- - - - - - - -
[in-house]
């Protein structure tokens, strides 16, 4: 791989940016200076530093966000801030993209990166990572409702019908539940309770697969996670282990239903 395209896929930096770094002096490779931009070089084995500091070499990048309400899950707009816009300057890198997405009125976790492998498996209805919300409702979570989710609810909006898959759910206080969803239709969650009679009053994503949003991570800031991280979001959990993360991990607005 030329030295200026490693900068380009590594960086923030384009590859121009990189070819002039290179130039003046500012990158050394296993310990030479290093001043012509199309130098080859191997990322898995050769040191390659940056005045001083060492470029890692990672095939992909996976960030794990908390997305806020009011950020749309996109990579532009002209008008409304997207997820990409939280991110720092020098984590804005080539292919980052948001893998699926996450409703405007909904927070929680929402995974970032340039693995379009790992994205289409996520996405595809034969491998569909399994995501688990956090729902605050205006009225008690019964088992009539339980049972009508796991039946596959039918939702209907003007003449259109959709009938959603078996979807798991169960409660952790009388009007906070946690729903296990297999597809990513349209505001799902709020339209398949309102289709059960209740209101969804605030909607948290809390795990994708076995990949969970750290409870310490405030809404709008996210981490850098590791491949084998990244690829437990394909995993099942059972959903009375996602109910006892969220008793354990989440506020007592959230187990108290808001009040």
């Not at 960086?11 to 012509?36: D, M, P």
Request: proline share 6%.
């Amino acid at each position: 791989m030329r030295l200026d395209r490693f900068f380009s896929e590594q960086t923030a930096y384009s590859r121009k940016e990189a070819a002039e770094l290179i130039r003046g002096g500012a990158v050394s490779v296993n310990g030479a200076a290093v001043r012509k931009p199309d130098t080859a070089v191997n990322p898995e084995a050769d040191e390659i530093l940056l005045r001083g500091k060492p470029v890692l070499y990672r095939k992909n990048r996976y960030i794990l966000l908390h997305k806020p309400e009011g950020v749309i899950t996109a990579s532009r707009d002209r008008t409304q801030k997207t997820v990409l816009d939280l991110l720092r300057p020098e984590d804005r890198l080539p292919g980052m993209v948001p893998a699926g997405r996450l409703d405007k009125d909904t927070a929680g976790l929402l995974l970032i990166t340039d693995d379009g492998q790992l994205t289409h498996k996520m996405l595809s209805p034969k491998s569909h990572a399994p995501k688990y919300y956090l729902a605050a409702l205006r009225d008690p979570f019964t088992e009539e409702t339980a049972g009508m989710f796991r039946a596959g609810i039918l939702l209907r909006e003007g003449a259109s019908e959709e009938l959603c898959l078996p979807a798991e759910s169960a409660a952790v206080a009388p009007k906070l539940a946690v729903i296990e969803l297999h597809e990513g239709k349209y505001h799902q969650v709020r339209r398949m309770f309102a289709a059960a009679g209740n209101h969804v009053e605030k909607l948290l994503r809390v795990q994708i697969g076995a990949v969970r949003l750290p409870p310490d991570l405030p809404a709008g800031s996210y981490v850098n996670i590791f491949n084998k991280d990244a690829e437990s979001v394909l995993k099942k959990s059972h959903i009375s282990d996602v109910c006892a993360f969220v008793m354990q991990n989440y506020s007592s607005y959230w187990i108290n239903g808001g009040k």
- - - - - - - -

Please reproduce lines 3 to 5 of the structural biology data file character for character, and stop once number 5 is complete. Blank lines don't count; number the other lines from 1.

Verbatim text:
């Not at 960086?11 to 012509?36: D, M, P």
Request: proline share 6%.
């Amino acid at each position: 791989m030329r030295l200026d395209r490693f900068f380009s896929e590594q960086t923030a930096y384009s590859r121009k940016e990189a070819a002039e770094l290179i130039r003046g002096g500012a990158v050394s490779v296993n310990g030479a200076a290093v001043r012509k931009p199309d130098t080859a070089v191997n990322p898995e084995a050769d040191e390659i530093l940056l005045r001083g500091k060492p470029v890692l070499y990672r095939k992909n990048r996976y960030i794990l966000l908390h997305k806020p309400e009011g950020v749309i899950t996109a990579s532009r707009d002209r008008t409304q801030k997207t997820v990409l816009d939280l991110l720092r300057p020098e984590d804005r890198l080539p292919g980052m993209v948001p893998a699926g997405r996450l409703d405007k009125d909904t927070a929680g976790l929402l995974l970032i990166t340039d693995d379009g492998q790992l994205t289409h498996k996520m996405l595809s209805p034969k491998s569909h990572a399994p995501k688990y919300y956090l729902a605050a409702l205006r009225d008690p979570f019964t088992e009539e409702t339980a049972g009508m989710f796991r039946a596959g609810i039918l939702l209907r909006e003007g003449a259109s019908e959709e009938l959603c898959l078996p979807a798991e759910s169960a409660a952790v206080a009388p009007k906070l539940a946690v729903i296990e969803l297999h597809e990513g239709k349209y505001h799902q969650v709020r339209r398949m309770f309102a289709a059960a009679g209740n209101h969804v009053e605030k909607l948290l994503r809390v795990q994708i697969g076995a990949v969970r949003l750290p409870p310490d991570l405030p809404a709008g800031s996210y981490v850098n996670i590791f491949n084998k991280d990244a690829e437990s979001v394909l995993k099942k959990s059972h959903i009375s282990d996602v109910c006892a993360f969220v008793m354990q991990n989440y506020s007592s607005y959230w187990i108290n239903g808001g009040k």